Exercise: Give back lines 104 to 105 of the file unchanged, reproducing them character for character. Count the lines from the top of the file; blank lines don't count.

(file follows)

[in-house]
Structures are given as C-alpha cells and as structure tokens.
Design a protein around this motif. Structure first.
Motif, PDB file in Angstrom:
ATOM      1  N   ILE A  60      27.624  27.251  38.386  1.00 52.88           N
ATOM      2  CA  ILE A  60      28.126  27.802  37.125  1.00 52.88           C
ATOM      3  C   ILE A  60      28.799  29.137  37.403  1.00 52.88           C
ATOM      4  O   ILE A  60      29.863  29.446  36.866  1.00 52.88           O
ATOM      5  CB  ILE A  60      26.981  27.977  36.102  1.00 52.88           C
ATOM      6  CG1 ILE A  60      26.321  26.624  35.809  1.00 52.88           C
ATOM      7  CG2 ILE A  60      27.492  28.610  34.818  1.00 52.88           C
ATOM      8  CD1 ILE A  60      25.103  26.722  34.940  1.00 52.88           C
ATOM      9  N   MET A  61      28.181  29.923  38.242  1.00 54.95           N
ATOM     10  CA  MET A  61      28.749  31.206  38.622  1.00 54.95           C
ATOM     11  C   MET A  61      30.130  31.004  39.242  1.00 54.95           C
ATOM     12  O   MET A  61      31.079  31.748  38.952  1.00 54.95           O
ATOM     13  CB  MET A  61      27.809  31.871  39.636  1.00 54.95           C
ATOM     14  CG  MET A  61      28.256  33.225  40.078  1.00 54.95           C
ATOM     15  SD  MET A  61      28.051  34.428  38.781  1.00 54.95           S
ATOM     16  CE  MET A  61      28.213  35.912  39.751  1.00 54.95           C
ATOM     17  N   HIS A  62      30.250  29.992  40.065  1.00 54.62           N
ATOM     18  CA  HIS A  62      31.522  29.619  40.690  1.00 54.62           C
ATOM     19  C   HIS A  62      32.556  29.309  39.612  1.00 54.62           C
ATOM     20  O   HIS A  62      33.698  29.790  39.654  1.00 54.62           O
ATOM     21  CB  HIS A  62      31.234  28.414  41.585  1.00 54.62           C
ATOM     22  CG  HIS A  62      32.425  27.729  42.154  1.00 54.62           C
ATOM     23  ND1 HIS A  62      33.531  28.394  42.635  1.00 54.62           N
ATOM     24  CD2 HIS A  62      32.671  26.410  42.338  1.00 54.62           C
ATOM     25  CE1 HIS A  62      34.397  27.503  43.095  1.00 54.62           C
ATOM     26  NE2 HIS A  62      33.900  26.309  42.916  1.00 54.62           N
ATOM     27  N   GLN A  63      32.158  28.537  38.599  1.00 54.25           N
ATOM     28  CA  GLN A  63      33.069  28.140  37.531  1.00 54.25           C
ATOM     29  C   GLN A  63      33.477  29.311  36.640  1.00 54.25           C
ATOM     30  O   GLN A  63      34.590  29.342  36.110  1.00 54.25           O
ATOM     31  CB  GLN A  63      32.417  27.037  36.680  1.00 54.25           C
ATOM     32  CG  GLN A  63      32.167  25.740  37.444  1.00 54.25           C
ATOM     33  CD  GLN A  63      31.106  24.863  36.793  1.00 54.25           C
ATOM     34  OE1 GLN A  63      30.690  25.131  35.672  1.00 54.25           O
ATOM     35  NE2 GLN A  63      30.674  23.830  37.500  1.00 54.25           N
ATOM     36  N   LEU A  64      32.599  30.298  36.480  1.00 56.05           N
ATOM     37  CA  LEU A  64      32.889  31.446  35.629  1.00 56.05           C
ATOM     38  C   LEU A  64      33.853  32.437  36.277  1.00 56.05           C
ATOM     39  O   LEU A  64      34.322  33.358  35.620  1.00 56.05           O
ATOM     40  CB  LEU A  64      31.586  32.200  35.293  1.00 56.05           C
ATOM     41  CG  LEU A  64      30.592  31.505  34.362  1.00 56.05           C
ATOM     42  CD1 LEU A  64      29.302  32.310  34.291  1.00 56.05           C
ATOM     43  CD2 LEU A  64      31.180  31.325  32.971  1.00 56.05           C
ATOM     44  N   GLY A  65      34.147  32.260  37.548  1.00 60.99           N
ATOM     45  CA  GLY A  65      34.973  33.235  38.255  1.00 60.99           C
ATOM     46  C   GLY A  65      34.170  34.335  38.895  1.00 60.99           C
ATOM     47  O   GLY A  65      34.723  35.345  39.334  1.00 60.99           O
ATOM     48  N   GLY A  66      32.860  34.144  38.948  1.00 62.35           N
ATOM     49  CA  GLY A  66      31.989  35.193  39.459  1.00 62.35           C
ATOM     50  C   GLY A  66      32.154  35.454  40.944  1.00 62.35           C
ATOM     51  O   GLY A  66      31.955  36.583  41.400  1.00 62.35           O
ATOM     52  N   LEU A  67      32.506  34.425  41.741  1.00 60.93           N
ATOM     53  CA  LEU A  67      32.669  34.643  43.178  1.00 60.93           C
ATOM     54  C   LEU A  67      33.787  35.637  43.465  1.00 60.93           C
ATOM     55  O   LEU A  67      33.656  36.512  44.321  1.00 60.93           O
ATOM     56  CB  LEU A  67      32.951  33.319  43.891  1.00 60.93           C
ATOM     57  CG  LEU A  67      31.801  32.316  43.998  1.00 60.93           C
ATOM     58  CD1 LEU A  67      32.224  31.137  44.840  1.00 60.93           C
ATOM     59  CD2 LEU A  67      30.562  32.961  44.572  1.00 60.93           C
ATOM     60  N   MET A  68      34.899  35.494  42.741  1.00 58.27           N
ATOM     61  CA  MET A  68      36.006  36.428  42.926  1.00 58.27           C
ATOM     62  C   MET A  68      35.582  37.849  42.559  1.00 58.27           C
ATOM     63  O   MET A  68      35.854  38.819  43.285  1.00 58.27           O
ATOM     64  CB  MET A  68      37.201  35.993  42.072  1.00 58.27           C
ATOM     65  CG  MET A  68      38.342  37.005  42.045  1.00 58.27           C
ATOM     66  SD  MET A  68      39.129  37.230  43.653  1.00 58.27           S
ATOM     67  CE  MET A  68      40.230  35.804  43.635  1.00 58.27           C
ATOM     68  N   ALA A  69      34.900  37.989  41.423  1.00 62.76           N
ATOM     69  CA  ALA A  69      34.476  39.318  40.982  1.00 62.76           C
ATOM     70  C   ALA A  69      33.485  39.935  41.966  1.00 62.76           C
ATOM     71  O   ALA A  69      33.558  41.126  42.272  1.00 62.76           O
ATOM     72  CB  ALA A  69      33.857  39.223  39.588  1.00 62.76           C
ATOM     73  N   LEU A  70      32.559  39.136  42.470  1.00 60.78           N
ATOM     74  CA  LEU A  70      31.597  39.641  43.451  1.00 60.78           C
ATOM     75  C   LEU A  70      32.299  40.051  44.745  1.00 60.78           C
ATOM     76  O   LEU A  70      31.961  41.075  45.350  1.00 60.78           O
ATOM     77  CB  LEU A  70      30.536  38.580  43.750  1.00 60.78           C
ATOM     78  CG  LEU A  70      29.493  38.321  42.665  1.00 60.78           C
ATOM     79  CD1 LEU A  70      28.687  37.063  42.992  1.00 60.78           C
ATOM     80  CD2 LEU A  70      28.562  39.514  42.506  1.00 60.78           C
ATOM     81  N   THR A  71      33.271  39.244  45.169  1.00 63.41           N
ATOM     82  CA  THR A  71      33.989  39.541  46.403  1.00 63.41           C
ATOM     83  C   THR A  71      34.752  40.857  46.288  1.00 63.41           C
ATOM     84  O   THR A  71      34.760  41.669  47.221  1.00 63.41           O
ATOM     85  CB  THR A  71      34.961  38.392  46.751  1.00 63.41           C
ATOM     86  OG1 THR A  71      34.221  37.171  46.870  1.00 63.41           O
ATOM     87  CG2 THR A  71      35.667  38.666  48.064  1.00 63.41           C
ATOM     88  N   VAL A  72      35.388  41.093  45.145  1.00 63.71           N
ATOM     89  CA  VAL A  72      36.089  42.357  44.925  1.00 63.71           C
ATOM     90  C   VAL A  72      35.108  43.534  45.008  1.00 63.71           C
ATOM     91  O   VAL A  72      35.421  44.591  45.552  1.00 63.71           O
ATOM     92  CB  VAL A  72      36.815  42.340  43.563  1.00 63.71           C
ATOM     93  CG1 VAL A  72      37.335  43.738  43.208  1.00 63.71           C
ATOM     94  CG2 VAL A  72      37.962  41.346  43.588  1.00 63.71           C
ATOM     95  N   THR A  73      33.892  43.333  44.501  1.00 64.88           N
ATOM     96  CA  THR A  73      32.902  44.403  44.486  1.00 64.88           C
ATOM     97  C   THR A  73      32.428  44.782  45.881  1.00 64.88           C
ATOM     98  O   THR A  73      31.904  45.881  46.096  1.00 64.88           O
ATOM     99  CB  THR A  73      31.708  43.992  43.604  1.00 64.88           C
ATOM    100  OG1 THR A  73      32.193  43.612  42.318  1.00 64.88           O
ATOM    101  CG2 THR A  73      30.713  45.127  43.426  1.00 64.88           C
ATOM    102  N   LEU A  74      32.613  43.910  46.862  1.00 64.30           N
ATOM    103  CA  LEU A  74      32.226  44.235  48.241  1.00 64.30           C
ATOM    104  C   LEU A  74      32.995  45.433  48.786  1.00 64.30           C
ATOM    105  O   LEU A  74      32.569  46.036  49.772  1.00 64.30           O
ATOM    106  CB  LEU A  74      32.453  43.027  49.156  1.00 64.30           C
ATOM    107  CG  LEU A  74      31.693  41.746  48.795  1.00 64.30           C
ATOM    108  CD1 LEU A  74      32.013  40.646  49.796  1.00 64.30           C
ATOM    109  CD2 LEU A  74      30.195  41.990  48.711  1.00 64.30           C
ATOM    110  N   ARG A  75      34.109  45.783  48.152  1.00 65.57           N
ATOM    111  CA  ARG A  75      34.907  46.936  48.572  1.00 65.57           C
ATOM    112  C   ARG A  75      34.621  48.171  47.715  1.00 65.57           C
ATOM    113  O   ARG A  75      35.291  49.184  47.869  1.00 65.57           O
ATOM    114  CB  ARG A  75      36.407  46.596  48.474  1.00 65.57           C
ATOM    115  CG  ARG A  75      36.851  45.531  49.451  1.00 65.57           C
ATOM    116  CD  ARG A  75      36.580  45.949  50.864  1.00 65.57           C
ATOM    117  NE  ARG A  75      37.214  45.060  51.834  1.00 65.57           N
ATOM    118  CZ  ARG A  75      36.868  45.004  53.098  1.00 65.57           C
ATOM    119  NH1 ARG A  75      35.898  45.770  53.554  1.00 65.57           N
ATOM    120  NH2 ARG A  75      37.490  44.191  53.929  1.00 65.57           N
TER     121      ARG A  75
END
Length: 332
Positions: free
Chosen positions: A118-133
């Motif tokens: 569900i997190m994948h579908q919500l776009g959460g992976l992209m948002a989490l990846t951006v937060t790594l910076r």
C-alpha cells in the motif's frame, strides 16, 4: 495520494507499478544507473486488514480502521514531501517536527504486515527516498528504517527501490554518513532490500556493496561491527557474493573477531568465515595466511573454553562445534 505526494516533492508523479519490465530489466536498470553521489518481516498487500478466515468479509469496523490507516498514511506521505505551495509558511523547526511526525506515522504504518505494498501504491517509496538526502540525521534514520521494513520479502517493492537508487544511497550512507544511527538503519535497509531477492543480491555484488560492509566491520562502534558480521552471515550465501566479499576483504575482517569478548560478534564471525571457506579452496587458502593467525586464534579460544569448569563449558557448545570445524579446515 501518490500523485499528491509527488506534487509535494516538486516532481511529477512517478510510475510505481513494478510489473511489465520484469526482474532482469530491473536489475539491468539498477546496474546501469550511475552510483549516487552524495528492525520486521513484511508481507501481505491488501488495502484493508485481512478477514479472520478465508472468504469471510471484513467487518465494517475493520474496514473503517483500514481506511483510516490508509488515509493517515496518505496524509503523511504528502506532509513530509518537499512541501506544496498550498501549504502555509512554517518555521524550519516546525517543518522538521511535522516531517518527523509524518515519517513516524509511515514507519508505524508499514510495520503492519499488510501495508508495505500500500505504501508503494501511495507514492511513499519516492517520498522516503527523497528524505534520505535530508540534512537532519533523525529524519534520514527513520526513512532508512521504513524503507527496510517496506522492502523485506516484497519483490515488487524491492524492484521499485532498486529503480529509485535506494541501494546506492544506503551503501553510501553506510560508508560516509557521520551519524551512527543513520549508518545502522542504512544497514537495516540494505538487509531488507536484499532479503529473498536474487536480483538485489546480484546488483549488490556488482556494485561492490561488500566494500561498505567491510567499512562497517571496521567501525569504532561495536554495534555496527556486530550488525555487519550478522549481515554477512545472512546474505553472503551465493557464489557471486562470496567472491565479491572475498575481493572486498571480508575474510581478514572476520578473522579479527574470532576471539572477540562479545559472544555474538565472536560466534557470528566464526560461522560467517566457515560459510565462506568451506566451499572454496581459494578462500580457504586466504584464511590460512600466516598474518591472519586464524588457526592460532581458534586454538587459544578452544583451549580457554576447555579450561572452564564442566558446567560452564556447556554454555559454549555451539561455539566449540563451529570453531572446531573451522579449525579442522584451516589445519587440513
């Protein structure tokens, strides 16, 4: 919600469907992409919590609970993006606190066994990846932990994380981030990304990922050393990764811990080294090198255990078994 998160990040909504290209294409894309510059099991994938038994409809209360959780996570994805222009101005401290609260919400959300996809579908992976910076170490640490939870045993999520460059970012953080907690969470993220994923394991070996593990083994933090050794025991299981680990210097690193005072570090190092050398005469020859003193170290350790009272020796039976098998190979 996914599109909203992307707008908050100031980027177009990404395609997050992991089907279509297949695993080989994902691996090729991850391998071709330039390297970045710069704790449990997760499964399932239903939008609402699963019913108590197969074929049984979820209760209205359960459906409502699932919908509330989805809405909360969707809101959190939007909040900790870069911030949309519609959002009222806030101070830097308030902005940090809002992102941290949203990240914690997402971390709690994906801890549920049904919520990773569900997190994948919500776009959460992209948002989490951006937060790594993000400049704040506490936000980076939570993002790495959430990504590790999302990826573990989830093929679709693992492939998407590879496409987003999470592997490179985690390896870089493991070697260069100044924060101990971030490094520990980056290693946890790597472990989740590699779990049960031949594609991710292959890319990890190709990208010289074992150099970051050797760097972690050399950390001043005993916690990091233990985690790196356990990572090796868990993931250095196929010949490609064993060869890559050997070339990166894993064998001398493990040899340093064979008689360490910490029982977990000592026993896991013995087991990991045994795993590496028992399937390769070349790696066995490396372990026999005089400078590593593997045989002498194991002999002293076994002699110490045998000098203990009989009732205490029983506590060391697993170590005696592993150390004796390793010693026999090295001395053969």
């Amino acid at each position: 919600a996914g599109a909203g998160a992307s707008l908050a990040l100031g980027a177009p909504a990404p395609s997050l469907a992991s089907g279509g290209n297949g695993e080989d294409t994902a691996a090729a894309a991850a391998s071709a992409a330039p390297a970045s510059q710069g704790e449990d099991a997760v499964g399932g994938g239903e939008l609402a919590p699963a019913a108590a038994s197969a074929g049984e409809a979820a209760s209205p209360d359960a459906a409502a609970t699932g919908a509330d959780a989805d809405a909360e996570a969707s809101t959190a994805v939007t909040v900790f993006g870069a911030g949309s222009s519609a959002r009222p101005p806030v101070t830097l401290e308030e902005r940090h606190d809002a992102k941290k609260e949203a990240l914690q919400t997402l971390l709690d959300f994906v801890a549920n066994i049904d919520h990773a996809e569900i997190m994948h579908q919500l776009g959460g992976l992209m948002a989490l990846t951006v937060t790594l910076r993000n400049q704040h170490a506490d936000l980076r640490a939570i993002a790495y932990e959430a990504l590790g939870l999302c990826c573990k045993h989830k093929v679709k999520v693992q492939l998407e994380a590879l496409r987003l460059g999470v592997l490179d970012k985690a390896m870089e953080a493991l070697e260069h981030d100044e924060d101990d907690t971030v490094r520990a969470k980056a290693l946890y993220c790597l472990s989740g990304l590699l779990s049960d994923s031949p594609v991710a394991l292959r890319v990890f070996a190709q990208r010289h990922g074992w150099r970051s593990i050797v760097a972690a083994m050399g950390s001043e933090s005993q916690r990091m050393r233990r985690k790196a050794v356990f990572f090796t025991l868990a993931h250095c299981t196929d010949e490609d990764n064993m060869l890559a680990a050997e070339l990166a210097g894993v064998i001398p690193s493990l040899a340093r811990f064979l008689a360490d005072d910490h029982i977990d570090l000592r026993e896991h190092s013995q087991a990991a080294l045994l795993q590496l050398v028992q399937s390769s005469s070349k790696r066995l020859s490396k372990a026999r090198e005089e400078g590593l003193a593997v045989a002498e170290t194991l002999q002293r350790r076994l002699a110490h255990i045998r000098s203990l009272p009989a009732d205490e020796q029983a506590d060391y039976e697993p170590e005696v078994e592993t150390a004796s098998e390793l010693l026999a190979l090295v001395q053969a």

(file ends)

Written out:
ATOM    100  OG1 THR A  73      32.193  43.612  42.318  1.00 64.88           O
ATOM    101  CG2 THR A  73      30.713  45.127  43.426  1.00 64.88           C